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Neuropsychology. 2006 May;20(3):361-9.

Focused and shifting attention in children with heavy prenatal alcohol exposure.

Author information

  • 1Center for Behavioral Teratology, Department of Psychology, San Diego State University, San Diego, CA 92120, USA. smattson@sunstroke.sdsu.edu

Abstract

Attention deficits are a hallmark of the teratogenic effects of alcohol. However, characterization of these deficits remains inconclusive. Children with heavy prenatal alcohol exposure and nonexposed controls were evaluated using a paradigm consisting of three conditions: visual focus, auditory focus, and auditory-visual shift of attention. For the focus conditions, participants responded manually to visual or auditory targets. For the shift condition, participants alternated responses between visual targets and auditory targets. For the visual focus condition, alcohol-exposed children had lower accuracy and slower reaction time for all intertarget intervals (ITIs), while on the auditory focus condition, alcohol-exposed children were less accurate but displayed slower reaction time only on the longest ITI. Finally, for the shift condition, the alcohol-exposed group was accurate but had slowed reaction times. These results indicate that children with heavy prenatal alcohol exposure have pervasive deficits in visual focused attention and deficits in maintaining auditory attention over time. However, no deficits were noted in the ability to disengage and reengage attention when required to shift attention between visual and auditory stimuli, although reaction times to shift were slower.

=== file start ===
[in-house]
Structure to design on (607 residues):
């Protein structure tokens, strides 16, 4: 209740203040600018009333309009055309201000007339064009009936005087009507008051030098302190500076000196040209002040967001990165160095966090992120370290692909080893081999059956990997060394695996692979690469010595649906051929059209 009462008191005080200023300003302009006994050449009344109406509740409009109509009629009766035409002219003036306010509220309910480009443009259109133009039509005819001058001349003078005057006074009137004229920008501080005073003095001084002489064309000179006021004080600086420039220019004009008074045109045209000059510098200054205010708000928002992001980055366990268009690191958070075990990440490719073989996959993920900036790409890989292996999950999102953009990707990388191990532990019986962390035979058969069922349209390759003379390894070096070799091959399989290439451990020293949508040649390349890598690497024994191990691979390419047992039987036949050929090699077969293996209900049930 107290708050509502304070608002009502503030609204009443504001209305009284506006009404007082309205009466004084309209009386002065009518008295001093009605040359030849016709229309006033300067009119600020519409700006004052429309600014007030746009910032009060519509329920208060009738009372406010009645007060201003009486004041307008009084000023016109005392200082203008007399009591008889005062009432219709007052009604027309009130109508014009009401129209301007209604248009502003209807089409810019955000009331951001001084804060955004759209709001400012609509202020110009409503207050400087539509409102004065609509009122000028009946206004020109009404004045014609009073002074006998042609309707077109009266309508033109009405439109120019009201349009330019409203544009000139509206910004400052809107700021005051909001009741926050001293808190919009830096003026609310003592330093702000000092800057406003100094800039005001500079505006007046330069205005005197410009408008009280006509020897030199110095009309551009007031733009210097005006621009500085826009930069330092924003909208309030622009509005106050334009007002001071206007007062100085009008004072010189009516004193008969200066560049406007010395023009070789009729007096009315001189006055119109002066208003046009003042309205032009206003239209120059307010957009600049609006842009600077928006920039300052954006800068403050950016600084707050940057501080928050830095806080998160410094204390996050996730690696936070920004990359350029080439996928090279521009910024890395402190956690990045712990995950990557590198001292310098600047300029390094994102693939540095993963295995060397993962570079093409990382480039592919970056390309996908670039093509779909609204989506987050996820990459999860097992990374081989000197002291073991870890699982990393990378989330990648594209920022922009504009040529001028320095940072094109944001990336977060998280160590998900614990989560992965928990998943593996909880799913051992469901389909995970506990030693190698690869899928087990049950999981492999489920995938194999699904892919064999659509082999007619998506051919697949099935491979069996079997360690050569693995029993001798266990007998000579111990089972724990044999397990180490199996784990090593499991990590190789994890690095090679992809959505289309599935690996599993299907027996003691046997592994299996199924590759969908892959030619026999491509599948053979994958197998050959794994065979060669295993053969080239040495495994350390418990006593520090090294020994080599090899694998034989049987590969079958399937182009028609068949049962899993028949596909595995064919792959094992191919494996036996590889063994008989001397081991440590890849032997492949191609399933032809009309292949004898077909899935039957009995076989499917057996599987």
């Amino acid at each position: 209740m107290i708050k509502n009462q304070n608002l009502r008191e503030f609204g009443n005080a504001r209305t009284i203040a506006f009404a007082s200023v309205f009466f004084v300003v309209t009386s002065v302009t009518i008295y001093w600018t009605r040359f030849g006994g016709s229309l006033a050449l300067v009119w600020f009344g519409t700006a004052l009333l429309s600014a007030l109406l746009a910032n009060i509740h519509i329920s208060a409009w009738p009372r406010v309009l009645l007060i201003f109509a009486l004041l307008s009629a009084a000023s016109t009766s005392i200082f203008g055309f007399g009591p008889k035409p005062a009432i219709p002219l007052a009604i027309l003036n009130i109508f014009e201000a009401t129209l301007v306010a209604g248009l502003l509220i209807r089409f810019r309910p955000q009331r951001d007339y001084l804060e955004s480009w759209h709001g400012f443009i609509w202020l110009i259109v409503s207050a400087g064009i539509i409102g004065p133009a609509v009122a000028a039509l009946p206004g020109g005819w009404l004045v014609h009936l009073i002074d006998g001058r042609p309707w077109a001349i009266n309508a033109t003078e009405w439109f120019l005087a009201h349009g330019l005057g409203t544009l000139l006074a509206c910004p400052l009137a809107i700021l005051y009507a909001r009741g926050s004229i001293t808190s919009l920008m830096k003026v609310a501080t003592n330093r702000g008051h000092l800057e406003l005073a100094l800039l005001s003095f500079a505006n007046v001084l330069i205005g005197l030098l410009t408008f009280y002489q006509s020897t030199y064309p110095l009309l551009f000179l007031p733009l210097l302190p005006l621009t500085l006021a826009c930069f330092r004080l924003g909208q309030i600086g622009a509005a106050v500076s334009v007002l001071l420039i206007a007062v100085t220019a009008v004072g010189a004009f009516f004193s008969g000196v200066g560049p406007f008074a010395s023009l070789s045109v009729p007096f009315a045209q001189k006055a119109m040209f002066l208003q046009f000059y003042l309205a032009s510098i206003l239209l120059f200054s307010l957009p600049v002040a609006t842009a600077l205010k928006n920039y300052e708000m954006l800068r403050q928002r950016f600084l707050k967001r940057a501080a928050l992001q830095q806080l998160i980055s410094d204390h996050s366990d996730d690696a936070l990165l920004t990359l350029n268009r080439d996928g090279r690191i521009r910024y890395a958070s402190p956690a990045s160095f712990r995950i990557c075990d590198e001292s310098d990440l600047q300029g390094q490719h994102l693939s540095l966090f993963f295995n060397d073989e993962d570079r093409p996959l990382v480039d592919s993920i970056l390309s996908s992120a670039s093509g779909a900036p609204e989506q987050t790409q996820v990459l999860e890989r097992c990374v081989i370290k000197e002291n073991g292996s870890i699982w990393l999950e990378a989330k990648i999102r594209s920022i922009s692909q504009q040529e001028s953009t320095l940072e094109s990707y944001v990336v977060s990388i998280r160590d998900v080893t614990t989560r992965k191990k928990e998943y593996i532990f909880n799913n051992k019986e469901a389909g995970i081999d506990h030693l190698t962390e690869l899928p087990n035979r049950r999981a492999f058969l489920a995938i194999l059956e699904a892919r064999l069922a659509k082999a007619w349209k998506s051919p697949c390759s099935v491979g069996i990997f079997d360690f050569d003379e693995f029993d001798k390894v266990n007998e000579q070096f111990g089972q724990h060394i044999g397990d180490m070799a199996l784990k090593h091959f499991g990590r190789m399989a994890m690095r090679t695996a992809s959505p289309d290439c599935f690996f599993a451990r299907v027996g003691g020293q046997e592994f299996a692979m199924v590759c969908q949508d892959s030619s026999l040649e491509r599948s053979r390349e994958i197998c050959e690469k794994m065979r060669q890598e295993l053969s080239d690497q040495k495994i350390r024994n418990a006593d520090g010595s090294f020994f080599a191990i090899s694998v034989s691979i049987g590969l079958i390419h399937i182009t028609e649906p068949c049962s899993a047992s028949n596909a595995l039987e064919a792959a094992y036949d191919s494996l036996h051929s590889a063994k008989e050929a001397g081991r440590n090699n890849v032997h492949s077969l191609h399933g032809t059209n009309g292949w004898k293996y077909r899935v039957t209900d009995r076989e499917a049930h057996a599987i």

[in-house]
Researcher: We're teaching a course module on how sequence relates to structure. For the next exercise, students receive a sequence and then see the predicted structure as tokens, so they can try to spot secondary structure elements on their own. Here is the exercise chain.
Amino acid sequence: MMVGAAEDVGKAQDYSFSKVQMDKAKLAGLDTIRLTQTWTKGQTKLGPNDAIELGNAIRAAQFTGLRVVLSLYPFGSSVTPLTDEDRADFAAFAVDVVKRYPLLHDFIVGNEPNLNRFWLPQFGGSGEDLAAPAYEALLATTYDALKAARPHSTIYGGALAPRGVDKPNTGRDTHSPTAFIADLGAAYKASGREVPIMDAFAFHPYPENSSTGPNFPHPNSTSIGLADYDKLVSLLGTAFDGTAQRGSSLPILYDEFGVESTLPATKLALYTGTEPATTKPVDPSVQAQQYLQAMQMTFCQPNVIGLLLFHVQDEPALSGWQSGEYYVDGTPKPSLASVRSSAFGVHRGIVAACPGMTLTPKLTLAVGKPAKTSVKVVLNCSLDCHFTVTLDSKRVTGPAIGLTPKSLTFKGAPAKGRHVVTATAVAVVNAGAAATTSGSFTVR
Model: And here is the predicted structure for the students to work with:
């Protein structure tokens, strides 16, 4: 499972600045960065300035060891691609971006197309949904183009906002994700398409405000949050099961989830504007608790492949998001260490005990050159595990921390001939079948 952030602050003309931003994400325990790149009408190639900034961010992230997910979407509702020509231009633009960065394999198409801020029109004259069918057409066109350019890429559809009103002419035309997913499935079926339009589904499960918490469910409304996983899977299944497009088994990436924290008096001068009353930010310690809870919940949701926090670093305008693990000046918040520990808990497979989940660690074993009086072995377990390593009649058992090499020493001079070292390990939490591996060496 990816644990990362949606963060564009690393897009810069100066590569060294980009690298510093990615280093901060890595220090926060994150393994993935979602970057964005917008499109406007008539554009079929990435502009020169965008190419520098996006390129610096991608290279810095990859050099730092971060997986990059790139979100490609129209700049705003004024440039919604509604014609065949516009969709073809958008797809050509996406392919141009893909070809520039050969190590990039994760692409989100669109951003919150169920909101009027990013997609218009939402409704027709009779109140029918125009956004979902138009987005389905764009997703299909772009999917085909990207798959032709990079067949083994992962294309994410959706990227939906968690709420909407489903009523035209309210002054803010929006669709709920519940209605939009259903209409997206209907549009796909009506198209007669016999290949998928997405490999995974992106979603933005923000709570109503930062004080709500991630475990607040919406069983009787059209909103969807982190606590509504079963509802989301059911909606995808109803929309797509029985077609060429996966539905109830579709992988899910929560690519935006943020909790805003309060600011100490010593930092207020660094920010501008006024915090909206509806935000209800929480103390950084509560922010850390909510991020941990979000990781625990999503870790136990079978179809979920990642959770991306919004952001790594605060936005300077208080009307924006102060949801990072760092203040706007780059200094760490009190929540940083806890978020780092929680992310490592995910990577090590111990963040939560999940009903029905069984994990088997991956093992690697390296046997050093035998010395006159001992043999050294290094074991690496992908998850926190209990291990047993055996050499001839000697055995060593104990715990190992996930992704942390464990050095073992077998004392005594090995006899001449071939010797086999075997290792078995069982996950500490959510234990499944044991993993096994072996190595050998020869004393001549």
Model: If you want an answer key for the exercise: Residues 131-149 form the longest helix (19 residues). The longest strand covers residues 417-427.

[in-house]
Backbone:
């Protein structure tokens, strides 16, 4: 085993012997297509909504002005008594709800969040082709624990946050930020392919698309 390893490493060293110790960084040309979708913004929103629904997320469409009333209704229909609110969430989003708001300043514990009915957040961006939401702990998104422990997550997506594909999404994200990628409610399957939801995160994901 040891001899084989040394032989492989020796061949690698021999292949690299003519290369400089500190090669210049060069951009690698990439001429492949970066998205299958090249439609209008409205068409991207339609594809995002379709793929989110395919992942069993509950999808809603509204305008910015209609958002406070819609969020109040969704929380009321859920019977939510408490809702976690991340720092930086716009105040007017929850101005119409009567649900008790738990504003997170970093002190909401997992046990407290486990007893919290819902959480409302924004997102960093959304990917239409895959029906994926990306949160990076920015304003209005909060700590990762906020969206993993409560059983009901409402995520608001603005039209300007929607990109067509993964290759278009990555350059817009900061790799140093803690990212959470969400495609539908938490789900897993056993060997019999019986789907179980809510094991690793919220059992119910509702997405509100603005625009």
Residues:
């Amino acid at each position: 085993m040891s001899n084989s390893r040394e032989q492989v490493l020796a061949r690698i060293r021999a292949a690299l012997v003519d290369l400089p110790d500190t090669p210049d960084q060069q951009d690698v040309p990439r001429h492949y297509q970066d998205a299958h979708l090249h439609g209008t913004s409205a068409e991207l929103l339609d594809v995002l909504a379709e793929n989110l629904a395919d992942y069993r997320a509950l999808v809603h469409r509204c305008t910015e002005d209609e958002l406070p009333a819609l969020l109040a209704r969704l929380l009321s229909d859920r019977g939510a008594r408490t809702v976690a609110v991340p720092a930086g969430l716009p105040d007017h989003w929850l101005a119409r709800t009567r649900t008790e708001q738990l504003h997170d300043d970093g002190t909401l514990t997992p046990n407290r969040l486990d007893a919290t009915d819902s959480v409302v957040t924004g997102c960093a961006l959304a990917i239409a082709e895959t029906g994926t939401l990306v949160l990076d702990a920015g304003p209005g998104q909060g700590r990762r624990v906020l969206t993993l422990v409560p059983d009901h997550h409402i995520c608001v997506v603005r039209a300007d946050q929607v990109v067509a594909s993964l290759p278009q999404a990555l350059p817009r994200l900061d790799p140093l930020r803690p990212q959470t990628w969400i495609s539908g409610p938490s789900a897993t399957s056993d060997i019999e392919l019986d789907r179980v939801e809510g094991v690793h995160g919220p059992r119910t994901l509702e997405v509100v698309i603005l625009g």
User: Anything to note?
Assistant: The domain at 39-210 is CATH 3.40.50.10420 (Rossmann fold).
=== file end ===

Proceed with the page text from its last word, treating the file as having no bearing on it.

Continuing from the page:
Copyright (c) 2006 APA, all rights reserved.

PMID:
16719629
[PubMed - indexed for MEDLINE]
PMCID:
PMC1764506
Free PMC Article
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